Strongly-worded manufacturer statements about fitting only original equipment (OE) parts on vehicles equipped with advanced driver assistance systems (ADAS) are common in America, and now they’ve crossed the pond.

First, Honda asserted that non-OE windscreens might cause ADAS malfunctions due to the front-facing camera not being able to aim properly. Then, last summer, General Motors (GM) warned US dealers against using aftermarket or reconditioned bumpers of all things.

To a certain extent, you can understand why they’re so protective. A recent IIHS study of GM vehicles in 23 US states found that models with auto-braking and forward-collision warning systems had 43% fewer front-to-rear crashes. It also found that 64% fewer injuries resulted from such collisions, compared to similar models without ADAS.

Closer to home, on 30 January this year, Mazda’s parts and accessories sales manager, Dave Elphick, spoke at Auto Windscreens’ Automotive Connecting Conference of only being able to guarantee ADAS if vehicles had the same parts as when they left the factory.

Alistair Carlton, technical manager at National Windscreens, agrees that the introduction of cameras and radar represents a massive change. “Until a few years ago, we in the glazing industry didn’t really deal with vehicle electrics, other than maybe a winder motor when repairing a smashed side window,” he says.

“Last year we served 30,000 ADAS customers and a third of our technicians are now ADAS-qualified. It is still a small percentage of our overall work, but it is growing fast and it won’t be long before all our technicians will need to be ADAS-qualified.

“There are two types of calibration: static and dynamic. Static requires a target board to be accurately positioned at ‘x’ point in front of the camera. The diagnostic tool asks the car if it can ‘see’ the target and, if so, make any necessary fine adjustments within the vehicle software. This needs to be carried out in workshop conditions with plenty of space, good level flooring and stable lighting.

“Dynamic calibration is more of a system check. Using a diagnostic tool, you place the car into calibration mode and go through a drive cycle, where an internal tick list is checked-off to complete the action. There are a small number of self-testing cameras which carry out the dynamic calibration themselves – maybe one day they’ll all be self-calibrating, but that’s a long way off.”

As to the VM statements, Carlton says: “We counter these claims in two ways: firstly, we only fit quality products – yes, there are inferior products out there but it would be a false economy for us to use them; secondly, we work to the standards of the VMs with the highest specifications and closest tolerances. We often find we have better kit and more expertise than the dealers. In some cases, they’re actually the customer.”

He’s spot on about needing knowledge. As Bosch points out: “The buyer of a base BMW 520SE can now opt for Driver Assistance Plus, Driver Assistance, ACC with StopGo, Night Vision, Parking Assistant or Parking Assistant Plus. Every combination of these systems will have a different sensor configuration and require a specific calibration routine.”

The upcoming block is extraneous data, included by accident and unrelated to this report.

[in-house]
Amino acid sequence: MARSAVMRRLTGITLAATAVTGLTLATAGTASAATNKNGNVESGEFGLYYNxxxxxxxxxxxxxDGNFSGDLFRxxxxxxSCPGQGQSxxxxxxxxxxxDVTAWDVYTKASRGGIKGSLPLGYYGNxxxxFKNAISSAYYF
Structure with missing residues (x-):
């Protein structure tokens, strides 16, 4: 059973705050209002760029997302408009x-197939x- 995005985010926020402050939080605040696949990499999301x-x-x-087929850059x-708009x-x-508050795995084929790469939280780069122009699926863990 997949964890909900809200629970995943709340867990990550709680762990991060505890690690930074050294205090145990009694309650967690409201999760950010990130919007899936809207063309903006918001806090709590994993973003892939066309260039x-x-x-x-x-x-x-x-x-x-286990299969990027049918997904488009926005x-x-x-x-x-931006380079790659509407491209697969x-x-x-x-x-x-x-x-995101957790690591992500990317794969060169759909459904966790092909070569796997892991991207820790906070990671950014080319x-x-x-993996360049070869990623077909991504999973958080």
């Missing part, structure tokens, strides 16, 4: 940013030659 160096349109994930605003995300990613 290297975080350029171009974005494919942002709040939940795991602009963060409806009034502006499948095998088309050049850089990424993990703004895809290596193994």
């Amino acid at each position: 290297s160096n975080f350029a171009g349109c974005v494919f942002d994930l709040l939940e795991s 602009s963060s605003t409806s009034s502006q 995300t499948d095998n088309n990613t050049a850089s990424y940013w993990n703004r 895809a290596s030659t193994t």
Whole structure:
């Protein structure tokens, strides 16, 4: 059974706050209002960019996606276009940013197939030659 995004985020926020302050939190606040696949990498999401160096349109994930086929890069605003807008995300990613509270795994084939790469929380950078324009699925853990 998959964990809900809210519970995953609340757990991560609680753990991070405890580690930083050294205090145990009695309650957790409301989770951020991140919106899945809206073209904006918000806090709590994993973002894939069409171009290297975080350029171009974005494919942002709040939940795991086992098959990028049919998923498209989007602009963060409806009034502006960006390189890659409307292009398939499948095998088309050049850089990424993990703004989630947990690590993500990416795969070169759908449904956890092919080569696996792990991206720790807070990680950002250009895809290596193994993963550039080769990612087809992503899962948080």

There’s also the small matter of finding the relevant sensor. For example, the adaptive cruise control (ACC) radar sensor on a Golf is a square device mounted below the grille. On a Passat, it’s behind the badge, where Mercedes also like to hide it. What’s more, independent garages are going to be seeing a lot more of these jobs, with JD Power’s 2018 UK Vehicle Dependability Study highlighting multiple ADAS bugs in newer premium cars.

Neil Hilton, head of business development at Hella, was on the Thatcham steering group which finalised the code of practice for glass replacement. “There would be merit in having something similar for other repairs,” he suggests. “ADAS is part of a natural progression towards fully autonomous vehicles. You see it on virtually every new vehicle now, from the largest to the smallest, the cheapest to the most expensive.

“Manufacturers are actively promoting the benefits of these systems and Ford showed the way with its sharp marketing campaign on how cameras and road sign recognition, along with speed-limiting software, can help ensure you never get a speeding ticket.

“Systems like lane departure, autonomous braking and blind-spot detection are increasingly fused together, so when you recalibrate one camera or radar you have to check the others too. Even something like changing a steering rack can affect the data line that acts as the control point for all systems across the car.

“It’s nearly six years since we launched our HGS tool and we pride ourselves on sharing information with the aftermarket. Surprisingly, there can still be a tendency among general repair workshops to think ‘this won’t affect us’, but ADAS is so widespread that our windscreen customers are now expanding into the 360-view calibration and radar.

“Block Exemption means parts must be of a reasonable standard and comparable quality. If a reset gives a satisfactory result then the system is calibrated. What’s important is to promote reputable garages – those who attend training and invest in the right equipment.”

Richard Billyeald, chief technical officer at Thatcham, has high praise for ADAS, describing it as a life-saver. “The constant influx of new systems makes it a fantastically interesting time to be involved in the industry, but we have to plan for it from a repair perspective 5-6 years down the line,” he says.

“Compare the original Tesla Model 3 to where they are now – more cameras, radar, lidar, ever more sophisticated sensors. Autonomous emergency braking (AEB) will be mandatory, but Euro NCAP is already driving it. The slope just keeps getting steeper in terms of complexity, and this means more potential for failures.